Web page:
Turning now to FIG. 6, there is shown a similar apparatus to that of FIG. 4 except that a second grid 28 is disposed above the first grid 20. Both grids are identical and in register with each other. It has been found that the region between grids 20 and 28 provides for highly ordered grid lines, as shown in the plan view of FIG. 7A and FIG. 7B. FIG. 7A shows field lines in a cross-section above a single grid, whereas FIG. 7B is a cross-section between the two plates as shown by the line B-B' in FIG. 6.

These more ordered lines assist in electron control by allowing the placement of electrons with greater precision. If it is desired for the electron flux profile down the multiplier to be narrow, gaussian in shape, top-hat, have two parallel paths or switching between profiles (for example) it is possible to stack the grids (which need not be identical or in register) to shape the magnetic flux between the grids to achieve the required end.. An alternative form the apparatus is shown in FIG. 8 in which the components are numbered in accordance with those of FIG 1 . It will be noted that the grid 20 is of different conformation to that of FIG. 1 . Different conformations may be used to provide electron flux profiles as described above. It will be appreciated that in the description of exemplary embodiments of the invention, various features of the invention are sometimes grouped together in a single embodiment, figure, or description thereof for the purpose of streamlining the disclosure and aiding in the understanding of one or more of the various inventive aspects. This method of disclosure, however, is not to be interpreted as reflecting an intention that the claimed invention requires more features than are expressly recited in each claim. Rather, as the following claims reflect, inventive aspects lie in less than all features of a single foregoing disclosed embodiment.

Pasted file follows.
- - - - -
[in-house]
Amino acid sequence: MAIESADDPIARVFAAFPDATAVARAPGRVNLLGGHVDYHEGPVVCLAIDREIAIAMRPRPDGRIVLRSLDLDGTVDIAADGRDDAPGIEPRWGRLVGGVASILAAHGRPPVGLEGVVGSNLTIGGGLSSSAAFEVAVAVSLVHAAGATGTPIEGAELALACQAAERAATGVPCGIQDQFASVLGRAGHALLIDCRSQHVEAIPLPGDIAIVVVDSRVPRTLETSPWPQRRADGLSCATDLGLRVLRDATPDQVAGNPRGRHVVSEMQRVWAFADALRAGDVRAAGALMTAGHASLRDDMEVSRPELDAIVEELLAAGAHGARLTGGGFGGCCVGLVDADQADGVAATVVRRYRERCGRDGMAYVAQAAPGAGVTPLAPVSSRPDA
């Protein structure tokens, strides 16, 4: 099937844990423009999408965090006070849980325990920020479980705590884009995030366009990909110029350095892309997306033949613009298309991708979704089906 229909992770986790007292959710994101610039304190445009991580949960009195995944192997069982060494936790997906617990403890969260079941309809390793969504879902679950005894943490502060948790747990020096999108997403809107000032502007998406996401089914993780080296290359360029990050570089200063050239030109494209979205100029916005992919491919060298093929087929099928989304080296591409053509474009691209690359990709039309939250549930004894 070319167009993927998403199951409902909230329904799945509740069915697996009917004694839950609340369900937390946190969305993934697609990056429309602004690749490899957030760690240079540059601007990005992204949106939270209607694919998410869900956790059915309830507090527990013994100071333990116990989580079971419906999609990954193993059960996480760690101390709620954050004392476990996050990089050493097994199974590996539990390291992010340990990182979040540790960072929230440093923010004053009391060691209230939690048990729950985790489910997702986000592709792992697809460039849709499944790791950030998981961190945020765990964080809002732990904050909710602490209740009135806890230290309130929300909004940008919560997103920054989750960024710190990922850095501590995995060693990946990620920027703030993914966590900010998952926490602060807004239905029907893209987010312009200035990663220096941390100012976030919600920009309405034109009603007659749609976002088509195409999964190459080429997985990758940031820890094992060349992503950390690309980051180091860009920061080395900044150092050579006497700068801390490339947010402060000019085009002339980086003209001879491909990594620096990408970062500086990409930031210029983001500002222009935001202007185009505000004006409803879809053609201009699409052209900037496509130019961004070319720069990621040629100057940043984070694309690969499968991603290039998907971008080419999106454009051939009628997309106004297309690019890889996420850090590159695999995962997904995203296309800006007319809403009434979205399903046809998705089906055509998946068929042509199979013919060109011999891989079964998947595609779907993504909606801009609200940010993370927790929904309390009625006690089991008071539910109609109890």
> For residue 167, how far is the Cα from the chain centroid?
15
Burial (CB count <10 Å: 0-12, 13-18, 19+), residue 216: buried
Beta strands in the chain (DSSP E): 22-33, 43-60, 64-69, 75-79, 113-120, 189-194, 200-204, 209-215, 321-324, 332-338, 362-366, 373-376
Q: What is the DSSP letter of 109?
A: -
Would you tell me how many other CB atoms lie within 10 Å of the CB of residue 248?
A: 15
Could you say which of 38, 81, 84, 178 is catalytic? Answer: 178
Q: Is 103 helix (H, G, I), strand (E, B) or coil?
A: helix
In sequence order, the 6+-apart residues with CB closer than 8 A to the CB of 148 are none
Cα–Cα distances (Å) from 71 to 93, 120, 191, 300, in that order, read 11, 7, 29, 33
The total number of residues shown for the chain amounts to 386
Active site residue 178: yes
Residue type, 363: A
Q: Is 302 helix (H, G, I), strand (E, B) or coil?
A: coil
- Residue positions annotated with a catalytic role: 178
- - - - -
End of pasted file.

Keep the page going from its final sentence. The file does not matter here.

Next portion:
Furthermore, while some embodiments described herein include some but not other features included in other embodiments, combinations of features of different embodiments are meant to be within the scope of the invention, and form different embodiments, as would be understood by those in the art. For example, in the following claims, any of the claimed embodiments can be used in any combination.

In the description provided herein, numerous specific details are set forth. However, it is understood that embodiments of the invention may be practiced without these specific details. In other instances, well-known methods, structures and techniques have not been shown in detail in order not to obscure an understanding of this description.

Thus, while there has been described what are believed to be the preferred embodiments of the invention, those skilled in the art will recognize that other and further modifications may be made thereto without departing from the spirit of the invention, and it is intended to claim all such changes and modifications as fall within the scope of the invention. Functionality may be added or deleted from the diagrams and operations may be interchanged among functional blocks. Steps may be added or deleted to methods described within the scope of the present invention.

Although the invention has been described with reference to specific examples, it will be appreciated by those skilled in the art that the invention may be embodied in many other forms.